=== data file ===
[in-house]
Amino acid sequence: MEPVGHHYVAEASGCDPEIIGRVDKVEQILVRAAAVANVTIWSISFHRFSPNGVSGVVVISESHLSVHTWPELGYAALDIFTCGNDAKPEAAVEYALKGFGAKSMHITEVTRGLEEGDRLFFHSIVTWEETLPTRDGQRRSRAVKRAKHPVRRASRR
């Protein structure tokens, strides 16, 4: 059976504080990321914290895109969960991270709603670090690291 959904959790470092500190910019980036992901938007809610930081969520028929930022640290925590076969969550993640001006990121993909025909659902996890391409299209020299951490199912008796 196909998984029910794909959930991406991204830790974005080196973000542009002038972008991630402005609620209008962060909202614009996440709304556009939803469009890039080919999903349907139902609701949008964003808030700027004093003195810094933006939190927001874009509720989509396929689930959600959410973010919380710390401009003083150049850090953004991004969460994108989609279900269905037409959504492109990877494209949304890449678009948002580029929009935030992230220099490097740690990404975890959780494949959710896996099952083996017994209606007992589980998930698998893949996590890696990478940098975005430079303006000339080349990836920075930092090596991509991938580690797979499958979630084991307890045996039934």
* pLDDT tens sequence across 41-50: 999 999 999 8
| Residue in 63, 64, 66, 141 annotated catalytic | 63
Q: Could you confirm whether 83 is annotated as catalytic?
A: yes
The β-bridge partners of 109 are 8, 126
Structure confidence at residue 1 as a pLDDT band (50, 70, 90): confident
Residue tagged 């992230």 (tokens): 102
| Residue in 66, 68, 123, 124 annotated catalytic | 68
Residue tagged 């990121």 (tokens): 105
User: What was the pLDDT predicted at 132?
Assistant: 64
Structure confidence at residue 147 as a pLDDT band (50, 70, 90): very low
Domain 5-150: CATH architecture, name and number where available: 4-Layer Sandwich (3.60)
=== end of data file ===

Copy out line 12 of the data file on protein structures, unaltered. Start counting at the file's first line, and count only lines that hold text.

Residue tagged 């990121």 (tokens): 105